First of all....congrats on the loss!

Second, the stories about these kids are so sad! Is the only other option for them foster care? To be honest, I am not sure if that is any better. I know there are many loving families that open their homes to foster children. But being a teacher in the public school system, I have seen some horror stories!
Julie Pippert said…
Queen, thanks!

Let's foster care the only other option? IMO, no. If the parents are to be automatically detained and held in a prison and there is not other family, then possibly.

Previously these people were given court dates and released "ROR" if I have that correctly.

ICE claims that too many were "no-shows" which I can take as credible.

I'm *SURE* though that there is a very wide space between out free with no checks and entire families penned up in prison.

It just seems like two extremes to me. Neither of which work.

So I'm hoping that we can make progress, find a middle ground.
thailandchani said…
This whole thing makes me absolutely sick. In fact, in the interest of keeping Homeland Security out of my livingroom, I'll just say...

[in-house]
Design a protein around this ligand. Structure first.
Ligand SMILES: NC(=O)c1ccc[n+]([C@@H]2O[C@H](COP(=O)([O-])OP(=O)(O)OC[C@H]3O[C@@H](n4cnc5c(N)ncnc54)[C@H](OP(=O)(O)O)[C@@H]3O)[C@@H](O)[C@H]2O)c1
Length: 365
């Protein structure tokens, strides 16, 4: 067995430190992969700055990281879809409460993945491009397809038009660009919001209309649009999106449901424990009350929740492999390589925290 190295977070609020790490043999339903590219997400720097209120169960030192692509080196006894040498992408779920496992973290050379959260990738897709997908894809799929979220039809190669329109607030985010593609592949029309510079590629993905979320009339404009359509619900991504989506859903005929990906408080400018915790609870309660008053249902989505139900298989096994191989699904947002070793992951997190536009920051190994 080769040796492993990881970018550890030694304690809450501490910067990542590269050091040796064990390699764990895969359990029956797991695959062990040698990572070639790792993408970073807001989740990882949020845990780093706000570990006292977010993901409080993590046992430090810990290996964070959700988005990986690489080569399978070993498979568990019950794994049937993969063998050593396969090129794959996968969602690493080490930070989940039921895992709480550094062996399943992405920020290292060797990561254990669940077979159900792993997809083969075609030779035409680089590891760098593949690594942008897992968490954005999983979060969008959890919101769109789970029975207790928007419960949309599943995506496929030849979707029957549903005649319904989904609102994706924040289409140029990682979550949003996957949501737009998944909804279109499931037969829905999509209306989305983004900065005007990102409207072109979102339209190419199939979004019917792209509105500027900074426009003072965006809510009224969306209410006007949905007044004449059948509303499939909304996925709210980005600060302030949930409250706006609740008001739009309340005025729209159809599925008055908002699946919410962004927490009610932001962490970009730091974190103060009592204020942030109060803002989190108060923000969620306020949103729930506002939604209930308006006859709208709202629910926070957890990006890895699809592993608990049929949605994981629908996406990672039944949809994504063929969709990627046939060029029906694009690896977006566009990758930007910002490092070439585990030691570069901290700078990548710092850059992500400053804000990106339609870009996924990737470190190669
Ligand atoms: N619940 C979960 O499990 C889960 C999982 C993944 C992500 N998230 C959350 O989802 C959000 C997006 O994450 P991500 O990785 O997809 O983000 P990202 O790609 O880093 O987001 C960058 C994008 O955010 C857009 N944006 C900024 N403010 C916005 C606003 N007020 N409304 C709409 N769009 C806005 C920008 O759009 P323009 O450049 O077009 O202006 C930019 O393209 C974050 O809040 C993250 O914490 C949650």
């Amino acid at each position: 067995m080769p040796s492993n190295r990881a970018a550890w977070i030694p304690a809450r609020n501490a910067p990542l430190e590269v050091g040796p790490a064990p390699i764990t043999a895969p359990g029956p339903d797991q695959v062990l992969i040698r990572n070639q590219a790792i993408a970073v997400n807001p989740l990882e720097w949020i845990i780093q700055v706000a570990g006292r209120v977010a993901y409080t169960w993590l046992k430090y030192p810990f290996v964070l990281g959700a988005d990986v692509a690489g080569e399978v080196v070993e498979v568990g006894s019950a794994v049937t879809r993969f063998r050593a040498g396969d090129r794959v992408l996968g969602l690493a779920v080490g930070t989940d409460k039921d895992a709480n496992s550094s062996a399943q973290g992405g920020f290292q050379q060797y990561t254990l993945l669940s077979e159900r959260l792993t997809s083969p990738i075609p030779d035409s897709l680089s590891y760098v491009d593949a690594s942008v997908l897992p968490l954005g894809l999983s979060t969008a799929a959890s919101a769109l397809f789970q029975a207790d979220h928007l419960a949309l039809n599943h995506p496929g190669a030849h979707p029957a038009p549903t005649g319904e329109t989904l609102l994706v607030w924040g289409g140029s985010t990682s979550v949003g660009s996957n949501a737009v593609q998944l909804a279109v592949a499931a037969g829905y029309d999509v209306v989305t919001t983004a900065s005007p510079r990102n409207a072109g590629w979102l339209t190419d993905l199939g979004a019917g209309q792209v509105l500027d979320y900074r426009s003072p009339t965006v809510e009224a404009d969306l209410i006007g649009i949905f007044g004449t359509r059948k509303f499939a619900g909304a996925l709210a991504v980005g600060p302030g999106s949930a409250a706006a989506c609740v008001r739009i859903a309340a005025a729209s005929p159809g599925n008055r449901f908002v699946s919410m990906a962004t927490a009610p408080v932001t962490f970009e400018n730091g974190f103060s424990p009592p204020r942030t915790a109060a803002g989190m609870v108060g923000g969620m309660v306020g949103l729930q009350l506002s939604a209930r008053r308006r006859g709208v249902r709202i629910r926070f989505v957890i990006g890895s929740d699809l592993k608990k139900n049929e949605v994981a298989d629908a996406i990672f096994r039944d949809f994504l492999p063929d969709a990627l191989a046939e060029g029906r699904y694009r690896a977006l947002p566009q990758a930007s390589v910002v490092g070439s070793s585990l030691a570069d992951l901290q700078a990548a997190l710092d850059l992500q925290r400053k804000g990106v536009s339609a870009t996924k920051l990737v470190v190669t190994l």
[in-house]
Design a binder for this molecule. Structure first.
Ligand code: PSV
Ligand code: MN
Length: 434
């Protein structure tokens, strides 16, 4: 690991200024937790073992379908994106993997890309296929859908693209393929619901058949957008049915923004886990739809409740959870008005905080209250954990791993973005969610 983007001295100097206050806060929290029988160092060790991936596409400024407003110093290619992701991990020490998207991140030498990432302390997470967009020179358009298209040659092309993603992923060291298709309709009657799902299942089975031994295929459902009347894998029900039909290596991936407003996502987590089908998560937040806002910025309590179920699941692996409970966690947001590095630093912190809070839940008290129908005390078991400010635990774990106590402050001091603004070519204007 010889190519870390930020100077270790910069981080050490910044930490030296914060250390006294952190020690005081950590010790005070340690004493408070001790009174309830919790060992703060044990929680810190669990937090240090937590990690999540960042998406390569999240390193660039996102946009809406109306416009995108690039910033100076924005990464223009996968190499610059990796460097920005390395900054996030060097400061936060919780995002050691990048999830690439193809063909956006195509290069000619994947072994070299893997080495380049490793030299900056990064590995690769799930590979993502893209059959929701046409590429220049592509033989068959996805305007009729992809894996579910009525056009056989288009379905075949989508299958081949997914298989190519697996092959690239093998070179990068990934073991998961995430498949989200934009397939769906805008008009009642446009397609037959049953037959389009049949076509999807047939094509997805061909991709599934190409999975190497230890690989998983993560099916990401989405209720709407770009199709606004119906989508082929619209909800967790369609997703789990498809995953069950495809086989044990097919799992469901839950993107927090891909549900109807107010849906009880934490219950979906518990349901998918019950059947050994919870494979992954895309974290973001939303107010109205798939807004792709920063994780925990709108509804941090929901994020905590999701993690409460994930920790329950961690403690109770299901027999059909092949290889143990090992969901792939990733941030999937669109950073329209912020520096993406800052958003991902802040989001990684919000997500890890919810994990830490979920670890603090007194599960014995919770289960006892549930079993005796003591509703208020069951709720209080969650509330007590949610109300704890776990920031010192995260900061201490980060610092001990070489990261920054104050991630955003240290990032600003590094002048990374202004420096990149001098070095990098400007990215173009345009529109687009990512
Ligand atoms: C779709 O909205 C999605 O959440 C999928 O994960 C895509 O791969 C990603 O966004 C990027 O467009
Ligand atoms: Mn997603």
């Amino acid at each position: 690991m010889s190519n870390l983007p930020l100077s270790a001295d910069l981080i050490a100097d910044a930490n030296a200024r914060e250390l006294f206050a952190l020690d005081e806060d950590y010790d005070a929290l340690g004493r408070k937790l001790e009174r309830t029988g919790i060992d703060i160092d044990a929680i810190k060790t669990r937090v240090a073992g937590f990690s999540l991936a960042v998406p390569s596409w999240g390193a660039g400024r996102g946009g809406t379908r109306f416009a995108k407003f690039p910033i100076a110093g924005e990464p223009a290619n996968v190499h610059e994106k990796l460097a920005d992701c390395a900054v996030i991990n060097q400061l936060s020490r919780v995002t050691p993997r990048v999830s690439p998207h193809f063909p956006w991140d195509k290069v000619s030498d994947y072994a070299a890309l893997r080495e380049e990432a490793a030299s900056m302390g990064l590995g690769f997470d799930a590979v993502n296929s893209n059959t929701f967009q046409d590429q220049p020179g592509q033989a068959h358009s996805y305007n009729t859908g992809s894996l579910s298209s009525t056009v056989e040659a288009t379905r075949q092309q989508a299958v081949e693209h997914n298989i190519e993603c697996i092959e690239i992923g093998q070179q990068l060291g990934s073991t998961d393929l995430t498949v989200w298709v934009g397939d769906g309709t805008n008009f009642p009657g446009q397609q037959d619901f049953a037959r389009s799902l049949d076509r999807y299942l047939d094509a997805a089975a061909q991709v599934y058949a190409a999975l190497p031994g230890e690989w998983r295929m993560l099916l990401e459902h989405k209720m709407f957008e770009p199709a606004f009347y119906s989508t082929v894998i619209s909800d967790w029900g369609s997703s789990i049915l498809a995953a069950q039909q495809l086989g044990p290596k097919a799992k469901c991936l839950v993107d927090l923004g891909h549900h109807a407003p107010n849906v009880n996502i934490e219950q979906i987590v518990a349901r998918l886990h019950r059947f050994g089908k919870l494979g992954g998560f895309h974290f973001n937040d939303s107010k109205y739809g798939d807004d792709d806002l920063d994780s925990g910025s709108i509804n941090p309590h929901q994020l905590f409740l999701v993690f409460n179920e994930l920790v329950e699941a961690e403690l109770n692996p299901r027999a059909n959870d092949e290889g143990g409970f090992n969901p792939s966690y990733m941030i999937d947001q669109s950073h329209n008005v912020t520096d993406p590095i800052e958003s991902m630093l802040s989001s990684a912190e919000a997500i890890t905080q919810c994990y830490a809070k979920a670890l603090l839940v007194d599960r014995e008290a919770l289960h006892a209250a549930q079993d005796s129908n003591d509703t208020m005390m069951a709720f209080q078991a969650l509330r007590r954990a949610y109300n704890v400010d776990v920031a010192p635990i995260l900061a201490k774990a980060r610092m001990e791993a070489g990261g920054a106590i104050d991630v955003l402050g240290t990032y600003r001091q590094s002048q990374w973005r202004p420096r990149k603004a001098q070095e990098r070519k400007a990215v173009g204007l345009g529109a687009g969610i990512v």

I hear you.


NotSoSage said…
I'm visiting here from Mad's place. I have to admit that I have been meaning to drop by because I'm always so impressed by your comments...and then I was very interested to see you addressing this issue.

I'm actually hoping to start a labour support group for incarcerated women. That's a bit down the road, but I've been meaning to blog about it, too, and something keeps holding me back -- fear of not being able to do it justice, perhaps. Thanks for bringing this to light in the momosphere...
Kyla said…
Wow. I can't even believe this. This is seriously happening? Good God.

Here from Mad's. I'm loving the Thinking Blogger Awards. :)
Julie Pippert said…
Chani, I understand; I am *so* on The List. I get magically stopped at every airport. What a coinkydink. But anyway, thanks for listening.

Sage, Back at you. I initially began with a desire to help women fleeing abuse. Women who needed support with how to interview, job skills, understanding workplace expectations, etc. It is so needed. Thre are many groups that do this. Once I blogged about an unamed group helping unamed women fleeing abuse. These women wasnt to make it, start anew. There is such need. And the women in prison, coming out...a need just as great. I think your desire is fantastic. I look forward to your blog post...when you get there.

Kyla, all real. I'm very sorry to say, all real. Seriously, go Google. Thanks for coming by! I really appreciate it!
kim said…
I am truly stunned.